The biology behind the new therapies for SLE

J. Ermann, B. L. Bermas

Research output: Contribution to journalReview articlepeer-review

27 Scopus citations


Background: Systemic lupus erythematosus (SLE) is a heterogenous disease with complex pathogenesis. Aim: In this review, we summarise recent progress in the understanding of SLE pathogenesis and discuss implications for the treatment of SLE patients using standard and experimental medications. Conclusions: The discovery that Toll-like receptor signalling and interferon-α abundance are central elements of the disease process has led to a new appreciation for hydroxychloroquine as an essential baseline medication. Although much needs to be learned, modulation of the immune system via B-cell depletion is entering clinical practice. Mycophenolate mofetil is an effective and safer alternative to cyclophosphamide for many patients with lupus nephritis. Several other therapeutic approaches are at various stages of preclinical and clinical development. These include anticytokine therapies, co-stimulatory blockade, antigen-specific immune modulation and haematopoietic stem cell transplantation.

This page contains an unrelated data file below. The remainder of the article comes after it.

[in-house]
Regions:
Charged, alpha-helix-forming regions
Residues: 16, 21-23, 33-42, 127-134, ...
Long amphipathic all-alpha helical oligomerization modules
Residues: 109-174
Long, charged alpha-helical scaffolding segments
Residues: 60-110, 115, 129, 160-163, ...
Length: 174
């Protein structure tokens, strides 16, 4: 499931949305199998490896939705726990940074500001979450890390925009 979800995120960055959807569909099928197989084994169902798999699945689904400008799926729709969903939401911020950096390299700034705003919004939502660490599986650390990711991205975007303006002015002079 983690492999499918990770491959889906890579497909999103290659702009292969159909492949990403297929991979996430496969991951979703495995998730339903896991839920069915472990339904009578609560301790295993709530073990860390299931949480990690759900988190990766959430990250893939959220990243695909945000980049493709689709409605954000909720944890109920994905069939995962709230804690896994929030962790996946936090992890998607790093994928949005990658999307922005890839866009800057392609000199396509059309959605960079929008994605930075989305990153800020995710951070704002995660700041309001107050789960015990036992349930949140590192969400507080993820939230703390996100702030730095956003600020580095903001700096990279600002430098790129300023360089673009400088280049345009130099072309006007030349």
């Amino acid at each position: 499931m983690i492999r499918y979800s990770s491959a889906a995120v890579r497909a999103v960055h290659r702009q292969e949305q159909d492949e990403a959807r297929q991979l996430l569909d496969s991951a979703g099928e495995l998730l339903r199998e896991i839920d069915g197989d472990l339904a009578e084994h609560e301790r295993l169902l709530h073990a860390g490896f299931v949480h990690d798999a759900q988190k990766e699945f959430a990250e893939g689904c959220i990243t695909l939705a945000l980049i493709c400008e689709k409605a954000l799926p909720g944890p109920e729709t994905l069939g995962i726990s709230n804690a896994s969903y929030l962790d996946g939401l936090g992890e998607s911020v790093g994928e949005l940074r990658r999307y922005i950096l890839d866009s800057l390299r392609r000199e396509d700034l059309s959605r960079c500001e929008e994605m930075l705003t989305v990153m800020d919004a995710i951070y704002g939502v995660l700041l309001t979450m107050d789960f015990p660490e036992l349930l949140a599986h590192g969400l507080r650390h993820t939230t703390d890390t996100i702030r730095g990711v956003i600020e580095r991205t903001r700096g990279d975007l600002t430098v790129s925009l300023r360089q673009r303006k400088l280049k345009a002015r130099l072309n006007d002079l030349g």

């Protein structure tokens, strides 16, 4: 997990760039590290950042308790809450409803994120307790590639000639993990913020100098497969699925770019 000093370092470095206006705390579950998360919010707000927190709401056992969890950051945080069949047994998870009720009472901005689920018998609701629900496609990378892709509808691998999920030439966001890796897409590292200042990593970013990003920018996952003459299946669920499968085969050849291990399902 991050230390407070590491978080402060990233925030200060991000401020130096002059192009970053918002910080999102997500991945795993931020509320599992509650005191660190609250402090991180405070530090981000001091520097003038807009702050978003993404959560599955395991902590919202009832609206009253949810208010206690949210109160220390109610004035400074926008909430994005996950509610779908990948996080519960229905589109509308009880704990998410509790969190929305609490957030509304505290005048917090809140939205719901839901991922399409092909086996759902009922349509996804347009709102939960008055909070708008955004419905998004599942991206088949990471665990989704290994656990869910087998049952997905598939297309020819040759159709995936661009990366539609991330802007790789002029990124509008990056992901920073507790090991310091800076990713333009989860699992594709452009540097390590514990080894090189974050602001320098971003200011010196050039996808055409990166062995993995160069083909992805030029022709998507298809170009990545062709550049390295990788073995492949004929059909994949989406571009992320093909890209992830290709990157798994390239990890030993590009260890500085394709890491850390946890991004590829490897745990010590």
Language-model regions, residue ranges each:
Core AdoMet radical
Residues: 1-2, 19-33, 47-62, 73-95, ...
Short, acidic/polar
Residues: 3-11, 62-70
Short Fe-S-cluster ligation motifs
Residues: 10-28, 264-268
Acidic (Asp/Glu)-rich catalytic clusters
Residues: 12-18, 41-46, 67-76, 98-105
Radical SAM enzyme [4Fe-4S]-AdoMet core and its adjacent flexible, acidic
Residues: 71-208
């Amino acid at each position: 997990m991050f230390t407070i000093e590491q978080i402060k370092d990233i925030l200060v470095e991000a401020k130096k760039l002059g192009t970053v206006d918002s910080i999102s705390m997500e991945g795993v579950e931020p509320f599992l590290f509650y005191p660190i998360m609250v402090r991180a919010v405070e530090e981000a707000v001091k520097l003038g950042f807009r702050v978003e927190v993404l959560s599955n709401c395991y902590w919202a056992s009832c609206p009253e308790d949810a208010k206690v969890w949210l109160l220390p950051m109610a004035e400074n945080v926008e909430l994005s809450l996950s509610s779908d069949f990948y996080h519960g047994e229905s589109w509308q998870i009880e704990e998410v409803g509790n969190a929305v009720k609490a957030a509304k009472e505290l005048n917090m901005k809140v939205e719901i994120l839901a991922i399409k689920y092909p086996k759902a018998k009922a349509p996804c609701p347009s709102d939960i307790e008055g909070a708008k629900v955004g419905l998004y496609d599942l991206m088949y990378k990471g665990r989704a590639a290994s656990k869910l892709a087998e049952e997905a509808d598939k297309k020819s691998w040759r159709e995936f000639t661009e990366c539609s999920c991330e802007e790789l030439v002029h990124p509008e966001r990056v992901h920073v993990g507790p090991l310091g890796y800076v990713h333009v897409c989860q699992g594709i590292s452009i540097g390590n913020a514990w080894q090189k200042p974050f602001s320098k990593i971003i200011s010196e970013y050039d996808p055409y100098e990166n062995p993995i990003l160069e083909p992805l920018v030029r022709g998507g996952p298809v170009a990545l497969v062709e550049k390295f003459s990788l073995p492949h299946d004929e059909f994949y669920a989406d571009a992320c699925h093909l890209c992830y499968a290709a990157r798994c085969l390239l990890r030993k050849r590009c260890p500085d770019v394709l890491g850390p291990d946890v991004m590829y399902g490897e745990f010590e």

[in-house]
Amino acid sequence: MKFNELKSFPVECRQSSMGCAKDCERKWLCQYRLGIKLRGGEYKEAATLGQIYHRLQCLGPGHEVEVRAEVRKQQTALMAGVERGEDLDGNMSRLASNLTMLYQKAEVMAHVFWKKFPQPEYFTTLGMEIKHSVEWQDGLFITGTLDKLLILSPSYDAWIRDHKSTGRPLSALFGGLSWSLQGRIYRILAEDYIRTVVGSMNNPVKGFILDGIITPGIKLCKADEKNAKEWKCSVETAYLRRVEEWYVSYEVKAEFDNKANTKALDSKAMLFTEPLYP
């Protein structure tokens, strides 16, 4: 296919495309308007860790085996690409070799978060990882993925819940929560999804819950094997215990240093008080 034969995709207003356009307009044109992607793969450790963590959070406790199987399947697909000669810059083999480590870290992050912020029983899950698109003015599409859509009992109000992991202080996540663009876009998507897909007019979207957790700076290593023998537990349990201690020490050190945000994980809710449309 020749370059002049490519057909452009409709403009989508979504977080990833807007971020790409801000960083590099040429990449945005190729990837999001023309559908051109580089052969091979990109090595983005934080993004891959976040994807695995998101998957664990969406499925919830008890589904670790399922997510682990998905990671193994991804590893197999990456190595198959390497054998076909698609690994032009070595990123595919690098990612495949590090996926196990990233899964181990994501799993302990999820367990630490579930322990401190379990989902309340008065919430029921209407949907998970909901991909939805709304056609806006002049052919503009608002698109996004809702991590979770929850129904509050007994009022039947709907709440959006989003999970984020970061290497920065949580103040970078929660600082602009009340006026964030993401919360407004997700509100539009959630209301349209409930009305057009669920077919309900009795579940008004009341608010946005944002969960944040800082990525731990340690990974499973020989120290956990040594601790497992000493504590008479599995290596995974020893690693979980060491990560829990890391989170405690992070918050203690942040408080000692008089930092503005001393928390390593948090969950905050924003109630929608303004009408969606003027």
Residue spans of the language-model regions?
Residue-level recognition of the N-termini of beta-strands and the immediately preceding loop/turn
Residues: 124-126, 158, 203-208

Original languageEnglish (US)
Pages (from-to)2113-2119
Number of pages7
JournalInternational Journal of Clinical Practice
Issue number12
StatePublished - Dec 1 2007

ASJC Scopus subject areas

  • Medicine(all)


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